At last call we got in the car
And drove like psychos
Through the dead city of Oakland
To the pathetic empty streets of Berkeley
Where we urinated on the clock tower
The moon hung up in the sky
Still swollen from the night before
Satisfied with our streams
We ran back to the car
Our noses inflamed
And everything else fried to hell
Scaring the few twerps on foot
With our howling
And manic stupid caveman laughter.
When I was a younger man I loved a girl dearly. We lived together for three and a half years. We loved each other for five. She was kind and patient with me when she should not have been. And she never stopped thinking I was funny—even when everyone else had long before.
But I was terrible and selfish and jealous and ruthless and cold. She went away from me, taking my cats with her. She left a note on my desk while I was out of town. It said, amongst a lot of other sad things that I haven’t been able to forget: “This is possibly good-bye forever.”
I haven’t spoken to her directly in nearly three years, but I watched her cry in a Baltimore courtroom last March. I wanted to hold her when I saw her crying but she would have punched me in the face.
My father told me to be tough. I tried to be tough. It didn’t work very well.
A month later my father drove me to her parents’ house where I collected one of my cats. It was the first time I had seen him in a year and a half. I scratched his head and held him against my chest.
My father dropped us off in the parking lot of a movie theater I had worked at as a teenager. My rental car was there. I drove sixty miles north to Maryland and got on a bus to the airport. We flew to Florida, and then Texas. Girls would come up to me and look at the carrier I was holding and ask to see my dog. When I told them I had a cat they walked away.
My cat and I were happy to see each other again. We rolled around my bed and slept beside each other.
A week later I wrote the girl a letter and said there would never be a point in my life when I didn’t want to see her. I said, “I miss you a whole god damn lot. I always will.” And then I said good-bye forever.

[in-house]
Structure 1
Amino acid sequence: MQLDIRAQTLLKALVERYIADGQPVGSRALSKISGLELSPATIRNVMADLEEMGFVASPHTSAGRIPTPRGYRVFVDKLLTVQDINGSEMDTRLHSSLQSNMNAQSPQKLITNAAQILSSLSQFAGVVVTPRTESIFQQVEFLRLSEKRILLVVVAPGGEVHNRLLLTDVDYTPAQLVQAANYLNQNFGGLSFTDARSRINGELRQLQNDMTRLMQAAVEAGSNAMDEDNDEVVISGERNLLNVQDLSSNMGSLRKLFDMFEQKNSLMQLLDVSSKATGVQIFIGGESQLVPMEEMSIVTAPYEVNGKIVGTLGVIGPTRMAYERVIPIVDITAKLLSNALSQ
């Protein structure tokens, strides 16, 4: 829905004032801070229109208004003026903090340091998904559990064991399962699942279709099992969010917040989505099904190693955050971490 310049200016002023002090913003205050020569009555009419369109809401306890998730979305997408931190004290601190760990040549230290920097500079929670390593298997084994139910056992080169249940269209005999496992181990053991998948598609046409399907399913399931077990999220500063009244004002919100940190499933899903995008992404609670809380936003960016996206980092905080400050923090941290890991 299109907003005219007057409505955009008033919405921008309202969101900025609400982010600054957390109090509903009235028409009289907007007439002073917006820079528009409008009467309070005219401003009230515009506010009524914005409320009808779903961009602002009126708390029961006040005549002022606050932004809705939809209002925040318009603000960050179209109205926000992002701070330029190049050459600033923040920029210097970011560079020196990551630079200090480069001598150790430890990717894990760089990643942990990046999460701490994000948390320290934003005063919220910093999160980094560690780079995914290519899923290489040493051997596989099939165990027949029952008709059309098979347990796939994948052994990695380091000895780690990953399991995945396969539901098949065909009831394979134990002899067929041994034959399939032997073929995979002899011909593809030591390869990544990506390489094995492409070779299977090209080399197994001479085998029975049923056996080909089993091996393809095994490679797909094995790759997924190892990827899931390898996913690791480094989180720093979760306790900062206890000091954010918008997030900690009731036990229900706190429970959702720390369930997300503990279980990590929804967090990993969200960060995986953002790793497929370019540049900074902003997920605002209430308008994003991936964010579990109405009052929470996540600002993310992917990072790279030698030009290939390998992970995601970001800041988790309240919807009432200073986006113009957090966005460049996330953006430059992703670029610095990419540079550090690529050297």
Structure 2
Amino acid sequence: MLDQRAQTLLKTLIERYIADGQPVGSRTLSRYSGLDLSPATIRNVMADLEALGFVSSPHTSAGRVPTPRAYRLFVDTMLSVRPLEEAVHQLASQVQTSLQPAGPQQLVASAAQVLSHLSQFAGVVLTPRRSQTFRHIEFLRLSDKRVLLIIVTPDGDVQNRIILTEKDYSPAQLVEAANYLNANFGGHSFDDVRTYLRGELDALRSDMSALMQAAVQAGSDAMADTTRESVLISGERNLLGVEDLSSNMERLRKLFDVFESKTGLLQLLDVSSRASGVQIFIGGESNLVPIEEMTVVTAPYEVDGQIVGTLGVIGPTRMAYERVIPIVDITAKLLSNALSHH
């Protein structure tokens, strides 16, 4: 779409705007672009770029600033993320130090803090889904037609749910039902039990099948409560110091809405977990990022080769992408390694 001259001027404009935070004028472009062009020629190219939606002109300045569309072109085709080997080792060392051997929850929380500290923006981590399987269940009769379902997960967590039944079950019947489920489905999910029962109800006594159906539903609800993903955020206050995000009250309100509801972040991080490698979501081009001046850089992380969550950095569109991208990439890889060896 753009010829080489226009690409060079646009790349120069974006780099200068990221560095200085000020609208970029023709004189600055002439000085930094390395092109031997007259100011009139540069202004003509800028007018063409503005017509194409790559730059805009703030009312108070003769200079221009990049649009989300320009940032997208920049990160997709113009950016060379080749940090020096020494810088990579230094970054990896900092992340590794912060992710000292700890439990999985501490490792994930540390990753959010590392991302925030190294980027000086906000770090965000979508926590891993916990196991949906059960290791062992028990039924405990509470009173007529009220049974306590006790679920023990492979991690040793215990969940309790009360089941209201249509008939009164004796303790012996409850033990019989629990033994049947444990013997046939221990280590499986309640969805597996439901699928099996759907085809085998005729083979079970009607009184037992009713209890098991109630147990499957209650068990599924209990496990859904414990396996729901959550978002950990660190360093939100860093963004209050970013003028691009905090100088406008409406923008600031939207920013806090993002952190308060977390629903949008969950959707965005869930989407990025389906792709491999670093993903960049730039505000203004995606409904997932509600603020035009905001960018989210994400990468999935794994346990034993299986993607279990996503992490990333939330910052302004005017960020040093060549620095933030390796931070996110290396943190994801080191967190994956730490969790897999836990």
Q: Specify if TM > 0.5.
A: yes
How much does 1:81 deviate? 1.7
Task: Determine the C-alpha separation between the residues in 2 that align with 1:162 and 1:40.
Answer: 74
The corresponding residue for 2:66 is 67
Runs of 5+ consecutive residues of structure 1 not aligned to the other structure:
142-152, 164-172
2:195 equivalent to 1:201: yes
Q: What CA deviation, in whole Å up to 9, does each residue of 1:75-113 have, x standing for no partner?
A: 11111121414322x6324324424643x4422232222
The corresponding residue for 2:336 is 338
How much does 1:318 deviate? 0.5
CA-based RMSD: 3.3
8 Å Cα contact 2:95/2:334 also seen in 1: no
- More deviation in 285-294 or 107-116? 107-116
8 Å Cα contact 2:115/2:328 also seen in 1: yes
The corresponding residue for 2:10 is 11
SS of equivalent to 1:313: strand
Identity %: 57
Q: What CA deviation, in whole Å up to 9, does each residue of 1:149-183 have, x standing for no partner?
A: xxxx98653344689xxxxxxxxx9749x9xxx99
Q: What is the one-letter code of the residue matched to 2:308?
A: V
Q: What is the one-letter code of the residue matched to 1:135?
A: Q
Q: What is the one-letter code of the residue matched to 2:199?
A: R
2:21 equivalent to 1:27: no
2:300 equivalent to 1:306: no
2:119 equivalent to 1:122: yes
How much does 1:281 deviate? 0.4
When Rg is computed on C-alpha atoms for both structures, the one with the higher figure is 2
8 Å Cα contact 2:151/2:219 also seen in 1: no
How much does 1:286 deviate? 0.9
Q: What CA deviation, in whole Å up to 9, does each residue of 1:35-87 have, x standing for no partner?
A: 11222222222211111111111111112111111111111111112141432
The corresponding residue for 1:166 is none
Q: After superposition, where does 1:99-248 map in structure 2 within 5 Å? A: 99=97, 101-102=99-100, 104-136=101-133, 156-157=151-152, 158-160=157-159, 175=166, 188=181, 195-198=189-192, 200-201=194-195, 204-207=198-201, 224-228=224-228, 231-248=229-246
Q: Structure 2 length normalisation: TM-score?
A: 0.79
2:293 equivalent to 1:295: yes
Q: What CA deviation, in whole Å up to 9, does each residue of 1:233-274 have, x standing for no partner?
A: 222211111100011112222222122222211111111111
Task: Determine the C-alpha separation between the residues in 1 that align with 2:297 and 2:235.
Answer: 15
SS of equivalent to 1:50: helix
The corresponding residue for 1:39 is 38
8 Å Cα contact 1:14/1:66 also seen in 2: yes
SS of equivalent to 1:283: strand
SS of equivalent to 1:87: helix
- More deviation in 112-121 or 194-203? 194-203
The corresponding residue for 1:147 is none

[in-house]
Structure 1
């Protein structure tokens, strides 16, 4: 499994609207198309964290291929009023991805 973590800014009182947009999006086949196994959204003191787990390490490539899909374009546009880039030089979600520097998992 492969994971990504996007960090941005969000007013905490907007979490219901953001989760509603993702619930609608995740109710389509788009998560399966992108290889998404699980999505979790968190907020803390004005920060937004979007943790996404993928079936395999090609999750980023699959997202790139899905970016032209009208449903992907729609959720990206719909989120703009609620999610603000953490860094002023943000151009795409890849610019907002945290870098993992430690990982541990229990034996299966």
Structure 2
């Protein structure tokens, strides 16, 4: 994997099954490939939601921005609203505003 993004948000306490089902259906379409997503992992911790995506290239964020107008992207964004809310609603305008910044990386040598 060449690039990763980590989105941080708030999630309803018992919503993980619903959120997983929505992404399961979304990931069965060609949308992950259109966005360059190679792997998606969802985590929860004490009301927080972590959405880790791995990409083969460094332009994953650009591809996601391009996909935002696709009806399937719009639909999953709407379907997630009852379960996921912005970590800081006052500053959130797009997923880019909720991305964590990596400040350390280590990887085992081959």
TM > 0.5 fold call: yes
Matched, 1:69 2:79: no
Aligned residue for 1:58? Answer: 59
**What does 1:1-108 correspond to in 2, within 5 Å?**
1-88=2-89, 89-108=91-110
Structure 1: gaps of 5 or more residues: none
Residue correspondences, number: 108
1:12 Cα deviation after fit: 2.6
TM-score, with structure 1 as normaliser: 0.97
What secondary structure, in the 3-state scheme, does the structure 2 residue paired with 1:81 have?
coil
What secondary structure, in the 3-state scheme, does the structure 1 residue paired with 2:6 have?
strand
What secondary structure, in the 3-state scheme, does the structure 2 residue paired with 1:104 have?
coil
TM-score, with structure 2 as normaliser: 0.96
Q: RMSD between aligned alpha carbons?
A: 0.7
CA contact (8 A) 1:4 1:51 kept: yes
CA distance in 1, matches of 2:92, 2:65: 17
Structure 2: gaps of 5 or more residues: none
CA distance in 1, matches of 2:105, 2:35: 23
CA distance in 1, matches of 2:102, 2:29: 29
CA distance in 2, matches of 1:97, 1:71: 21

Today she is 27 years old. Maybe she is at home, wherever that is, with a glass of wine, joylessly filing her taxes.
• • •
As a 26-year-old man I awoke at 3 p.m. I had a mild hangover and I felt like garbage for reasons besides. My cat was sitting on my chest, looking down at me. He had been pawing at my face for two hours. He was very hungry. I had been unconscious for twelve hours.
I got out of bed, spine twisted as hell, mind empty, and gave the little guy some of the good stuff. Then I did a bunch of push-ups and drank a half a French press of coffee and put on a stupid purple t-shirt and my denim jacket and drove to the grocery store.
I bought beer and cat food. I said hi to the lady with the pink hair who stocks the bread and milk. She asked me when I worked next and I told her. She said she would come see me. I gave her a thumbs up and said “OK!”
I walked across the street to the bank and deposited the pathetic sum I had been keeping in my breast pocket. It was essentially all the money I had to my name.
The lady behind the counter said, “So how’s your day going?”
I said, “One screaming catastrophe after another, sister.” For a moment she seemed spooked because I hadn’t said “fine” or “good” or whatever people who drive beige four-door sedans say. And when I saw this flicker of horror in her eyes I said, “Oh, I’m just kidding.”
She said, “No you’re not.” And she smiled. It was a neat smile. It was a listen, jerk, I’m right there with you kind of smile.
I got into the decommissioned police car I share with my cousin and put on Madonna’s Immaculate Collection. I took my jacket off and slung it over the passenger seat. The air was nice and the sun felt good on my skin. I blazed down Telegraph Avenue, past Temescal and all the jerks slouching around there, while “Borderline” looped a half dozen times.
At UC Berkeley campus I put on “Lucky Star” and had a good old time. I did circles around the clock tower and made faces at the happy people there, hoping to rattle a few skeletons. Instead I looked like the lamest 80s TV bad boy ever.
When I got bored I drove home. I took my beer and cat food inside and decided that it was all just a temporary smear of dumb bullshit that would be over soon enough.
Tonight I will drive to the top of a mountain and watch the twinkling lights of all three cities and all three bridges and breathe air that isn’t toxic. And when I get bored I’ll go home and sit on my mattress and write a little sci-fi story that no one will ever read.